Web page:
GRIEF

GRIEF

I have always associated that word with death. I have great respect for those experiencing grief due to the loss of a loved one. I have also lived in that space but know well those experiences are individual. Grief is a call to arms for us to “stand in the circle of grief” as beautifully expressed by my friend Blair Meeks in her book by the same name. We stand together, we listen, we sit quietly. Our presence is a witness to our care and concern, our love for those in pain. We respond in tangible ways that hopefully bring comfort.  And we pray. I am grateful to know that happens and have been grateful when our family has been the recipients.

But I think so often about the many others who grieve while still living. Those who waken every day to sorrow, without hope, without inclusion. 

Those who suffer racism and its personal and systemic effects…..systemic effects that translate to personal. Racism unrecognized, buried by conditioning. 

The immigrant designated as illegal and without value, fear their constant companion. Many separated from their young children, their hopes for a peaceful existence housed in detention centers. 

The refugee, here “legally” but equally disdained because of a mentality of scarcity, fear driven by inaccurate rhetoric.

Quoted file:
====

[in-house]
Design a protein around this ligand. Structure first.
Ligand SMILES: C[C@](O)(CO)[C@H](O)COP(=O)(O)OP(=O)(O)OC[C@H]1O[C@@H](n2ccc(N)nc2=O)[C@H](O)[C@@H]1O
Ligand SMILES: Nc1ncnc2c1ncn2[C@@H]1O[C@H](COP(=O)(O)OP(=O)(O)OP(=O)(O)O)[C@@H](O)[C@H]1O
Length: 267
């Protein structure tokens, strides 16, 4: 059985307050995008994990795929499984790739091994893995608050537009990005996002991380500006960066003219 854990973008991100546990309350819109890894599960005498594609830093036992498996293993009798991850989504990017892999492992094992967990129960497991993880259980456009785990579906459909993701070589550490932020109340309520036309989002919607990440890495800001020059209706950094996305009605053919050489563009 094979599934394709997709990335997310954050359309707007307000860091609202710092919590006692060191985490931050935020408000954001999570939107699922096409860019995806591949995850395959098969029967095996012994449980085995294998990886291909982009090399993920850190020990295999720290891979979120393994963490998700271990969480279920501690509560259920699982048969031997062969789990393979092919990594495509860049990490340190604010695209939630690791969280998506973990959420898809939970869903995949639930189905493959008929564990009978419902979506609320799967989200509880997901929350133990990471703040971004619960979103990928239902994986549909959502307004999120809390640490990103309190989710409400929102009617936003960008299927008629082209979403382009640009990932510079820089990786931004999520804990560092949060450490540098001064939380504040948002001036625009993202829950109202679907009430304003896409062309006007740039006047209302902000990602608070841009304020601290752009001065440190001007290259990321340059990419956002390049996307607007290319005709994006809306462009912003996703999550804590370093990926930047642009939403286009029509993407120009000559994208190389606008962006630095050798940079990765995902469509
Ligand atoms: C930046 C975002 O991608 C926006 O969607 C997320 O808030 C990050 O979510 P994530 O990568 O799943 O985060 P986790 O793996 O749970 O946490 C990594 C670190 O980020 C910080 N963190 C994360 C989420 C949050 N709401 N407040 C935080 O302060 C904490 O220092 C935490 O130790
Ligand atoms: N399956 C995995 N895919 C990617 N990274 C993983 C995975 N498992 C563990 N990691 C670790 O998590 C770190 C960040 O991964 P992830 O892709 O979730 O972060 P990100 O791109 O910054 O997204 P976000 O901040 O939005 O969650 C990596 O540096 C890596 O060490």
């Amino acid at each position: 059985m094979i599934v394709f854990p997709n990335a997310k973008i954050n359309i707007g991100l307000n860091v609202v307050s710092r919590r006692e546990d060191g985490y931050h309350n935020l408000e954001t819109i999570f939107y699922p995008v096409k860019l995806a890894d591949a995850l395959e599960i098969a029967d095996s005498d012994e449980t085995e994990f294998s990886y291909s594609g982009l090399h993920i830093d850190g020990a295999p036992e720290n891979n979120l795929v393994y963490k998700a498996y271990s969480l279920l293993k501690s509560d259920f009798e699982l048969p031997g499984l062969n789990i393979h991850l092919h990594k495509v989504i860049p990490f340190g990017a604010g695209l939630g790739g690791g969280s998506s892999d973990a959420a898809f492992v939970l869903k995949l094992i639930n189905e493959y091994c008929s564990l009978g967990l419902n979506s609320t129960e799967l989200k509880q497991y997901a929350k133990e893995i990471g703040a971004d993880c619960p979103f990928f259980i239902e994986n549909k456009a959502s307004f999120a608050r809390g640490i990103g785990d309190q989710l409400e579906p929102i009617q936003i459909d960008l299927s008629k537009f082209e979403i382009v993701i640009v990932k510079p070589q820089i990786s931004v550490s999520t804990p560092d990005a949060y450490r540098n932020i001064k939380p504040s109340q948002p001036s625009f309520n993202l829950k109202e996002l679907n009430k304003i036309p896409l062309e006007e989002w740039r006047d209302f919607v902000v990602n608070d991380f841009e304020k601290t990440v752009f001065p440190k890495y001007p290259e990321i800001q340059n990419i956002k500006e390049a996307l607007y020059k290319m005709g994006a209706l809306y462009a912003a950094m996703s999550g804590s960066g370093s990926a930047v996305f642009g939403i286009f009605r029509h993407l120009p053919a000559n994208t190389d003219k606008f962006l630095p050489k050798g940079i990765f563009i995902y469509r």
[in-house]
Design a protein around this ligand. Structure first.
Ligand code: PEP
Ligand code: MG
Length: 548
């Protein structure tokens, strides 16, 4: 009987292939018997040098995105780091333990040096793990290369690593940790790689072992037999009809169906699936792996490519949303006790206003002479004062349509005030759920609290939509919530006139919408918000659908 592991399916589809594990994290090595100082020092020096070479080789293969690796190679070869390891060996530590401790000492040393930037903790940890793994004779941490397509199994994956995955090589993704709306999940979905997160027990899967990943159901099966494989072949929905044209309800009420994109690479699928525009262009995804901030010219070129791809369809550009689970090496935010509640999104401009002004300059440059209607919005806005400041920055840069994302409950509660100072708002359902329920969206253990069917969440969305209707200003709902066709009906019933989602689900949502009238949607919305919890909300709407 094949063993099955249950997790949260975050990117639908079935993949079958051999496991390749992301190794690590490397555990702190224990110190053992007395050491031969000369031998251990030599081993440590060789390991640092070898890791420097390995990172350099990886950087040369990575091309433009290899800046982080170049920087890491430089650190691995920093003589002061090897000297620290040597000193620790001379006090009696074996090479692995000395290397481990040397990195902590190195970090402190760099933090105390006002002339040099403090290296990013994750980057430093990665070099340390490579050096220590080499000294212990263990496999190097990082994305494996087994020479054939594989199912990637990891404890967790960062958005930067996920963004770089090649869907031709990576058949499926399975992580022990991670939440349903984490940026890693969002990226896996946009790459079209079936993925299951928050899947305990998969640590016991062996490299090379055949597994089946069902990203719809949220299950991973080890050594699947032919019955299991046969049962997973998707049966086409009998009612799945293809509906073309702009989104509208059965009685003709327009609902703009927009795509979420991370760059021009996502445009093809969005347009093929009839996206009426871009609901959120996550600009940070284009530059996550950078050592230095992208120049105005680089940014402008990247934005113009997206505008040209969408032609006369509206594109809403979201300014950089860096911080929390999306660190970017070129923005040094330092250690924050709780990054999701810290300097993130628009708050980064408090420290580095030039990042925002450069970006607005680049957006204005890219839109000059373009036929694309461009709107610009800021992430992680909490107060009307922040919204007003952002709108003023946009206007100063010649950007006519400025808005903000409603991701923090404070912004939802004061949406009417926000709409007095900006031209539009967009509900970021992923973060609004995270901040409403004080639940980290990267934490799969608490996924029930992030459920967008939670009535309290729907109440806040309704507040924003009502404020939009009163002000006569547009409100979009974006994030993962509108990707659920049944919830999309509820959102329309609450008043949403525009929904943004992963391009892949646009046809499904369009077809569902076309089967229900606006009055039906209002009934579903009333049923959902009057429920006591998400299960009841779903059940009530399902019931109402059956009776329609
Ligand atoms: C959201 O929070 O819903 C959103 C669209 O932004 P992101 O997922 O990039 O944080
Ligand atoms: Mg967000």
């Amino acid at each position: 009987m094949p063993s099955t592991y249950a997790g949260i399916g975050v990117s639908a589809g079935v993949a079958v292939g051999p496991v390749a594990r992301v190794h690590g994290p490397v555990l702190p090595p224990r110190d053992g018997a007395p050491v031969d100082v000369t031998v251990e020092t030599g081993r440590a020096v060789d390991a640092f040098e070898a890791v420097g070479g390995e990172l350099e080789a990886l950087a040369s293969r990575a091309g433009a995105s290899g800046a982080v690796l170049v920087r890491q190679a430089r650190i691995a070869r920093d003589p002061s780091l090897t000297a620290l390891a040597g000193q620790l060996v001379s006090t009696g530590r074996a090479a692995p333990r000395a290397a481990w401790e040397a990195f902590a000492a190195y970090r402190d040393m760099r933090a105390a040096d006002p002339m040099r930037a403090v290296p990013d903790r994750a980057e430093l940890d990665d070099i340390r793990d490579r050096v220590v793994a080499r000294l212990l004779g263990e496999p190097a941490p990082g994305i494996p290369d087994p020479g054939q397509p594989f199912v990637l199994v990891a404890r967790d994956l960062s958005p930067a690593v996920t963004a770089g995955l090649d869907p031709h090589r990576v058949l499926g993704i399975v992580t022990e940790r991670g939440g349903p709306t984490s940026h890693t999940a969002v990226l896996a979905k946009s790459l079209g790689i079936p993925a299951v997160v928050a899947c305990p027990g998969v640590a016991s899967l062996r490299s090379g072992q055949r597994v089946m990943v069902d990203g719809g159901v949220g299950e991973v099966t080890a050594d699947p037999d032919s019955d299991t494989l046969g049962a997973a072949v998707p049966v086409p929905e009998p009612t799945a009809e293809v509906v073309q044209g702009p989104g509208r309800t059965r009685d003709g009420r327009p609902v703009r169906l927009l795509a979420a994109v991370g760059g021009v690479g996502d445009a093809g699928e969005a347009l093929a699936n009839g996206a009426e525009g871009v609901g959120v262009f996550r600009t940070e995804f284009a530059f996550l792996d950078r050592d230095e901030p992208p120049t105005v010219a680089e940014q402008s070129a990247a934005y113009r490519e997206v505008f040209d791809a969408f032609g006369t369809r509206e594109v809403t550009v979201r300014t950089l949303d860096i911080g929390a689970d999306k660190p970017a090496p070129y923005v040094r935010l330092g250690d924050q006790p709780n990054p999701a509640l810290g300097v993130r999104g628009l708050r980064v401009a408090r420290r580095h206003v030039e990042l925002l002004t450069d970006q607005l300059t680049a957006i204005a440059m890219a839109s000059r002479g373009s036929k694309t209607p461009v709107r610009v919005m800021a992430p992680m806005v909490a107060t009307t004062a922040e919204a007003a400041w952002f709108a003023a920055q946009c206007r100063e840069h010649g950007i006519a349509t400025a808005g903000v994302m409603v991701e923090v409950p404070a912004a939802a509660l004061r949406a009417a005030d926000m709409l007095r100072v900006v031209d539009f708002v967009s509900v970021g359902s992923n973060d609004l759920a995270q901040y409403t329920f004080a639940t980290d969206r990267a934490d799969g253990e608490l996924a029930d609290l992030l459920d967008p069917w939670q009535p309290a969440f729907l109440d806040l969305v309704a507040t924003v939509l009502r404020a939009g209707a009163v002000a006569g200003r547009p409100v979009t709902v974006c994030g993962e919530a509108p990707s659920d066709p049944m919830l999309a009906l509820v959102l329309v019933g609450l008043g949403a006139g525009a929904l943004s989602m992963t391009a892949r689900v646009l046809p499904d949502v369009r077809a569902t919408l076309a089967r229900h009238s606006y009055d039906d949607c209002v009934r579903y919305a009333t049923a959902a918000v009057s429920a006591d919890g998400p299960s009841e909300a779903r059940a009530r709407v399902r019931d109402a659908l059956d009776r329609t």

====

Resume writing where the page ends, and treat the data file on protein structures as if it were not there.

Those who live in poverty, the working poor, without access to healthy foods in food deserts, adequate health care, unequal education, the respect of their community members. Banished to live in communities that isolate until gentrification drives them to rental spaces miles away from jobs that pay minimum wage. 

Our LGBTQ friends who are maligned, judged and subject to limits that diminish their very beings and often prevent living into their potential. 

All have to “qualify” and prove themselves worthy, feeling they are “less than”, knowing they will never qualify.

And the list goes on.

So for these grieving people,  compassion loses to exclusion, prayers remain unspoken. We are not present. Care and concern aren’t emergent because there is no “end” to their grief and their sorrow is deemed self inflicted.

There is no celebration of their lives, their stories. Judgement shuts down knowing one another. The presuppositions paralyze any chance for building relationships. 

Categorizing by disagreement offends the gospel message that clearly calls us to love. Those verses don’t mention agreement as a requirement. 

We fail to recognize unending grief. We are afraid to look.

jackiejonesshields

09.08.18

“Prayer Concerns”

I belong to a Sunday School class that embraces praying for one another….and for those brought to the class through a shared time called “prayer concerns”. It happens every Sunday….our class president, Jerry, writes the requested names on the board. Class members send cards to each person, if requested. These names are included in Jerry’s opening prayer.